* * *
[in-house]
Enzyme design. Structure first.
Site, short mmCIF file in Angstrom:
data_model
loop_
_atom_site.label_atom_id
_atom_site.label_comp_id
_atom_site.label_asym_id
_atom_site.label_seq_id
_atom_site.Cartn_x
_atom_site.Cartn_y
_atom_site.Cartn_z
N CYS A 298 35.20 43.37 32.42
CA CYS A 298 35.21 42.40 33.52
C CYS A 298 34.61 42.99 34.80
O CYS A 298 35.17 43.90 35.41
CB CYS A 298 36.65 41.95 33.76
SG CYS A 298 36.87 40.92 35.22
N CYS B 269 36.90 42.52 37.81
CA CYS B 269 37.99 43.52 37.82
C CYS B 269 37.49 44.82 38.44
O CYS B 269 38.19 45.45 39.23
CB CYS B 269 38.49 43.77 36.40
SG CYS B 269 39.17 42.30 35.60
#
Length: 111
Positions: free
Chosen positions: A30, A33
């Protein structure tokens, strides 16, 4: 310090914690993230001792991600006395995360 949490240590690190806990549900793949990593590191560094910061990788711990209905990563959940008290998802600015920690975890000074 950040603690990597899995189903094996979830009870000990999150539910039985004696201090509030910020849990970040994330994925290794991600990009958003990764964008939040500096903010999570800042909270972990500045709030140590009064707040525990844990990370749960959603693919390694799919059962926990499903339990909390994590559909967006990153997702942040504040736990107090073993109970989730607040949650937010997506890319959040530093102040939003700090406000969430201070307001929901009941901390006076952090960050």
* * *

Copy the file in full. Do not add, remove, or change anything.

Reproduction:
[in-house]
Enzyme design. Structure first.
Site, short mmCIF file in Angstrom:
data_model
loop_
_atom_site.label_atom_id
_atom_site.label_comp_id
_atom_site.label_asym_id
_atom_site.label_seq_id
_atom_site.Cartn_x
_atom_site.Cartn_y
_atom_site.Cartn_z
N CYS A 298 35.20 43.37 32.42
CA CYS A 298 35.21 42.40 33.52
C CYS A 298 34.61 42.99 34.80
O CYS A 298 35.17 43.90 35.41
CB CYS A 298 36.65 41.95 33.76
SG CYS A 298 36.87 40.92 35.22
N CYS B 269 36.90 42.52 37.81
CA CYS B 269 37.99 43.52 37.82
C CYS B 269 37.49 44.82 38.44
O CYS B 269 38.19 45.45 39.23
CB CYS B 269 38.49 43.77 36.40
SG CYS B 269 39.17 42.30 35.60
#
Length: 111
Positions: free
Chosen positions: A30, A33
């Protein structure tokens, strides 16, 4: 310090914690993230001792991600006395995360 949490240590690190806990549900793949990593590191560094910061990788711990209905990563959940008290998802600015920690975890000074 950040603690990597899995189903094996979830009870000990999150539910039985004696201090509030910020849990970040994330994925290794991600990009958003990764964008939040500096903010999570800042909270972990500045709030140590009064707040525990844990990370749960959603693919390694799919059962926990499903339990909390994590559909967006990153997702942040504040736990107090073993109970989730607040949650937010997506890319959040530093102040939003700090406000969430201070307001929901009941901390006076952090960050």